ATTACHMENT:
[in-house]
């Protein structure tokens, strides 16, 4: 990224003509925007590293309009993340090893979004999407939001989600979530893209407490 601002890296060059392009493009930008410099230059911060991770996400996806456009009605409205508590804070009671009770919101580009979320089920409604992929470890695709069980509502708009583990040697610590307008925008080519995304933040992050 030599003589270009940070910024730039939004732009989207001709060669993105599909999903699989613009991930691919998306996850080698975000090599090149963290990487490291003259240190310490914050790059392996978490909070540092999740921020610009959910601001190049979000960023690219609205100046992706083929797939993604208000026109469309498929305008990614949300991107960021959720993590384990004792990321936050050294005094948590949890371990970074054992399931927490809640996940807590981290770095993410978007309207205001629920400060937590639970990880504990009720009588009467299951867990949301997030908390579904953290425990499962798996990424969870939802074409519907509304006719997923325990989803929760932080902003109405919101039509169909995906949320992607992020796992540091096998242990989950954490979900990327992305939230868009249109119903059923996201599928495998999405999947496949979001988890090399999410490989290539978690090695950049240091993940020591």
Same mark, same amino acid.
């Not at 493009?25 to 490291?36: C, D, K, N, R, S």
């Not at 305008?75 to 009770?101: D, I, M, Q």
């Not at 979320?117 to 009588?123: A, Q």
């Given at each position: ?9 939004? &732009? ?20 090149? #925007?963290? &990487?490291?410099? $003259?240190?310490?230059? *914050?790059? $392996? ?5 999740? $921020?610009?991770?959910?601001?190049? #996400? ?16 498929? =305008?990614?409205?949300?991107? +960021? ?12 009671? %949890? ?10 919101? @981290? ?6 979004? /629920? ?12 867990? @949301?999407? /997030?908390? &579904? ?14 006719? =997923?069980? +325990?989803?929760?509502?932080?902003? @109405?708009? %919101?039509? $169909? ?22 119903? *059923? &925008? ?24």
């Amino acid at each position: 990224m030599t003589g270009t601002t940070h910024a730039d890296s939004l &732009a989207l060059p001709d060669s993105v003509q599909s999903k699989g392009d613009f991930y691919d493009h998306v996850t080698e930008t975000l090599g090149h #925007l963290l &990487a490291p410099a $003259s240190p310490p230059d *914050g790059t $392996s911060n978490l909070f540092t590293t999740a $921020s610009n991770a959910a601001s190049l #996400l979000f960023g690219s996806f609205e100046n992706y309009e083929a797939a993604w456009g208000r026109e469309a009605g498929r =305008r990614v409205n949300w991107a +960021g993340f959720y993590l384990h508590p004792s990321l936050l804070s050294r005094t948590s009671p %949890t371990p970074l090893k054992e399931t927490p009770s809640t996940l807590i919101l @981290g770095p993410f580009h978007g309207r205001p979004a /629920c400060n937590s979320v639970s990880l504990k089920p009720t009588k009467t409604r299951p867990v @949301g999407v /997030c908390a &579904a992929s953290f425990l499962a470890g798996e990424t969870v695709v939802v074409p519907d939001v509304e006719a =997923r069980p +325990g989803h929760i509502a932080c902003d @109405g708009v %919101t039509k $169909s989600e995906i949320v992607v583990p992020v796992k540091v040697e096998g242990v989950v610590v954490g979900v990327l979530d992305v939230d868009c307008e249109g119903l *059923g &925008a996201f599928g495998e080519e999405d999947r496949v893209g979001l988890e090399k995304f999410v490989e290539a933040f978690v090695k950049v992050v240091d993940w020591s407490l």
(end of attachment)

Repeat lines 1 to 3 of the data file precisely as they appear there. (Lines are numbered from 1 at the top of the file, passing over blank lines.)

[in-house]
């Protein structure tokens, strides 16, 4: 990224003509925007590293309009993340090893979004999407939001989600979530893209407490 601002890296060059392009493009930008410099230059911060991770996400996806456009009605409205508590804070009671009770919101580009979320089920409604992929470890695709069980509502708009583990040697610590307008925008080519995304933040992050 030599003589270009940070910024730039939004732009989207001709060669993105599909999903699989613009991930691919998306996850080698975000090599090149963290990487490291003259240190310490914050790059392996978490909070540092999740921020610009959910601001190049979000960023690219609205100046992706083929797939993604208000026109469309498929305008990614949300991107960021959720993590384990004792990321936050050294005094948590949890371990970074054992399931927490809640996940807590981290770095993410978007309207205001629920400060937590639970990880504990009720009588009467299951867990949301997030908390579904953290425990499962798996990424969870939802074409519907509304006719997923325990989803929760932080902003109405919101039509169909995906949320992607992020796992540091096998242990989950954490979900990327992305939230868009249109119903059923996201599928495998999405999947496949979001988890090399999410490989290539978690090695950049240091993940020591």
Same mark, same amino acid.